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D-Wave reportedly raises US$21 million on heels of 2000-qubit system launch

Burnaby, B.C.-based quantum computing company D-Wave Systems Inc. has “quietly” raised US$21 million, according to a report from the Globe and Mail’s Sean Silcoff, led by previous investor Fidelity Investments and first-time investor Montreal public-sector pension investment manager PSP Investments, which oversees $117 billion in assets.

D-Wave did not announce the funding and would not confirm the names of the investors to Silcoff, who cites “sources” as the basis for the report.

D-Wave CEO Vern Brownell also says that the company is contemplating a large round of funding next year, and that an IPO is unlikely in the near future.

Last week, at D-Wave’s inaugural users group conference in Santa Fe, New Mexico, the company announced its next-generation system, using a 2000-qubit processor, effectively doubling the number of qubits capacity of the previous generation D-Wave 2X system, which the company sold to Google and NASA in 2013 for $15 million.

The company claims that their new 2000-qubit system has yielded performance improvements up to 1,000 times compared to the D-Wave 2X in early tests.

The New Mexico conference featured speakers from Los Alamos National Laboratory, NASA, Lockheed Martin, the Roswell Park Cancer Center, Oak Ridge National Laboratory, USC and D-Wave, as well as a number of quantum software and services companies.

“As the only company to have developed and commercialized a scalable quantum computer, we’re continuing our record of rapid increases in the power of our systems, now up to 2000 qubits.  Our growing user base provides real world experience that helps us design features and capabilities that provide quantifiable benefits,” said Jeremy Hilton, senior vice president, Systems at D-Wave. “A good example of this is giving users the ability to tune the quantum algorithm to improve application performance.”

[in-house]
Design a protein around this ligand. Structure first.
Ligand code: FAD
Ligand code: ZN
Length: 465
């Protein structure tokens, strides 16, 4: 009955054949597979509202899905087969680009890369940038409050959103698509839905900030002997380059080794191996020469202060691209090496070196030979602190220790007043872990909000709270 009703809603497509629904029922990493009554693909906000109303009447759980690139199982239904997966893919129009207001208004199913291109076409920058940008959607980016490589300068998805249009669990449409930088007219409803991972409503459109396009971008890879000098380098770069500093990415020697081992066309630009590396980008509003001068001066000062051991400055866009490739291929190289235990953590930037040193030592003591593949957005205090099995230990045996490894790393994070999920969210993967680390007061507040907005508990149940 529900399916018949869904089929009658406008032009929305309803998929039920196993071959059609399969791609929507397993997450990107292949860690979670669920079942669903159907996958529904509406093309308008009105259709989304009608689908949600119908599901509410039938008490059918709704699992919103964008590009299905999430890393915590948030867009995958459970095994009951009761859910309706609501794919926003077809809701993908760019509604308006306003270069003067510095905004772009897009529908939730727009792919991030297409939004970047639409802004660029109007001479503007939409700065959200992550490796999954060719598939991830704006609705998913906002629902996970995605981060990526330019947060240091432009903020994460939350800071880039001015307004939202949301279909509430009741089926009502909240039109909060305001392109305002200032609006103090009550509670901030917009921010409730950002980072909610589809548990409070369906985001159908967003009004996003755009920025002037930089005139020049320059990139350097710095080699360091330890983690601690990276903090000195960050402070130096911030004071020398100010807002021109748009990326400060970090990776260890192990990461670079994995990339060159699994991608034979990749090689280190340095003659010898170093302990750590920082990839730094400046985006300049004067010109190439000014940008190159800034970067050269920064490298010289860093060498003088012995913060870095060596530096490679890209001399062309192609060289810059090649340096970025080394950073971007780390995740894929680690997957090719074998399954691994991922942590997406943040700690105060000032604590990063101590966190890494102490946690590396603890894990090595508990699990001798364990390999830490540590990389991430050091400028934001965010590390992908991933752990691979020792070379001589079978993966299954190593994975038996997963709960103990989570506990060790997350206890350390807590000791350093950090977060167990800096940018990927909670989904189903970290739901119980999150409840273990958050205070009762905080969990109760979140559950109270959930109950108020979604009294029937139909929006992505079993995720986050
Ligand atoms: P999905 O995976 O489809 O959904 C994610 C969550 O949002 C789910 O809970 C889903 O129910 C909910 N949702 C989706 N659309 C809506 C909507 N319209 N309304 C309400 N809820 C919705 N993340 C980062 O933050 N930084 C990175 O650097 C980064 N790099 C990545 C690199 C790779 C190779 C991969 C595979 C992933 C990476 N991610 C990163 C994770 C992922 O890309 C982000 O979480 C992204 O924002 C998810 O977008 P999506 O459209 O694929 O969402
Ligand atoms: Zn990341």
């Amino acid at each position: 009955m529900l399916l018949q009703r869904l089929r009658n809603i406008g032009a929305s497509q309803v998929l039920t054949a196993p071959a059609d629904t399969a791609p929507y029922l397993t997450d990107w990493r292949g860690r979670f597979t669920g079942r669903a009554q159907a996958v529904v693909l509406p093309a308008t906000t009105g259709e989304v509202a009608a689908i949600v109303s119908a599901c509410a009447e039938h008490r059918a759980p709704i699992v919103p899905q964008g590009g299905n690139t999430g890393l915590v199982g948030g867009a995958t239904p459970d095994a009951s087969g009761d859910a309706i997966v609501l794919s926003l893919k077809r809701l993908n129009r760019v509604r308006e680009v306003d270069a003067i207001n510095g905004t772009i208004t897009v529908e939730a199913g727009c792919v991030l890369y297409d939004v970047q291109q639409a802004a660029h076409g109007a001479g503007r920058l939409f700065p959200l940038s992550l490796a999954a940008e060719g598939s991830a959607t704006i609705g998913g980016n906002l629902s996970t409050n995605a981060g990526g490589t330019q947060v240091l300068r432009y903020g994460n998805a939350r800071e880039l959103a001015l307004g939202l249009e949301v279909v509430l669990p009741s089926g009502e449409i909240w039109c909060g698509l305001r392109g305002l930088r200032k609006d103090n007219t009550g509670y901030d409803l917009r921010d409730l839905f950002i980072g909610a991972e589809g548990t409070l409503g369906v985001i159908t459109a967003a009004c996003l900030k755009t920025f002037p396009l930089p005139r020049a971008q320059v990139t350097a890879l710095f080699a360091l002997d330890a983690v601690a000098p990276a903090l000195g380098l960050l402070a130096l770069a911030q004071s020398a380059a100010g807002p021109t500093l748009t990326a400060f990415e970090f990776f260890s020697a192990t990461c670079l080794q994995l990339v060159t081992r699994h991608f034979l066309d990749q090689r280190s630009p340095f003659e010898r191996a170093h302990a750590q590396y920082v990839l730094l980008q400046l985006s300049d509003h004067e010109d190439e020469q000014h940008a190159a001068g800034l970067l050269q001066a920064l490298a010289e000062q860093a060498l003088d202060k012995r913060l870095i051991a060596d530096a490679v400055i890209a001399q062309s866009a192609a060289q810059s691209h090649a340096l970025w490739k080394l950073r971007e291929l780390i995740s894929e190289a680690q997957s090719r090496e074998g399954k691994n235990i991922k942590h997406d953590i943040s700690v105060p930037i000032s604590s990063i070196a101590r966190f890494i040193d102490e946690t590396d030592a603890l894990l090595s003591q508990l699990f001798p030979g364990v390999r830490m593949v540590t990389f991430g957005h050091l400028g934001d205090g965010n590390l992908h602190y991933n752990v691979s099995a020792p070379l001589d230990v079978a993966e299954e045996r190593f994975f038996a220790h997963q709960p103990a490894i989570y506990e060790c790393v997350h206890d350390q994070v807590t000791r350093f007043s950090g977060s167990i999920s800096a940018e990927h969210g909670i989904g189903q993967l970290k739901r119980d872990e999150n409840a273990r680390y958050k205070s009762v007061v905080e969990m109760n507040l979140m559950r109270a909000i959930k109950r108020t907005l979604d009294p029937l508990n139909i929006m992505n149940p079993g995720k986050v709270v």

D-Wave has never made a sale in Canada, but has sold systems to Lockheed Martin Corp. and the Los Alamos National Laboratory, with an eye on a European sale in the near future.

Last October, at the StableView Asset Management TECH15 conference in Toronto, D-Wave president and CEO Bo Ewald asked a room full of Bay Street investors, “If you knew back in the 1950s that there was a company called International Business Machines manufacturing vacuum tubes and computer processors, would you have invested in them?”

D-Wave’s computer employs a quantum annealing technique, which achieves quantum-like effects but is not technically a quantum computer, which most scientists believe to be an impossible achievement.

Indeed, while there has been a lot of back and forth between D-Wave and a skeptical scientific community, The Verge reports that not only has the company never proved that its processor demonstrates quantum effects compared with a normal computer, but that “using the company’s current methodologies, it never will.”

“Just because [their chips] are quantum, that doesn’t make them a quantum computer,” said Greg Kuperberg of UC Davis to The Verge. “That’s like saying that any invention that is influenced by air must be an airplane. Of course, it’s not true; it might instead be bagpipes.”

One of Silcoff’s sources, a “PSP spokeswoman”, said that the pension manager “does not currently pursue any strategy dedicated to investments in startup companies” and only “sometimes invest[s] in these companies on a very opportunistic basis,” before declining to comment further.

Founded in 1999, D-Wave has raised over C$200 million from a wide range of high-profile investors, including Bezos Expeditions, run by Amazon founder Jeff Bezos, Goldman Sachs, Growthworks, U.S. venture capital firm Draper Fisher Jurvetson, Harris & Harris Group, the Central Intelligence Agency’s venture capital arm, In-Q-Tel, International Investment and Underwriting, Kensington Partners Limited, and BDC Capital.

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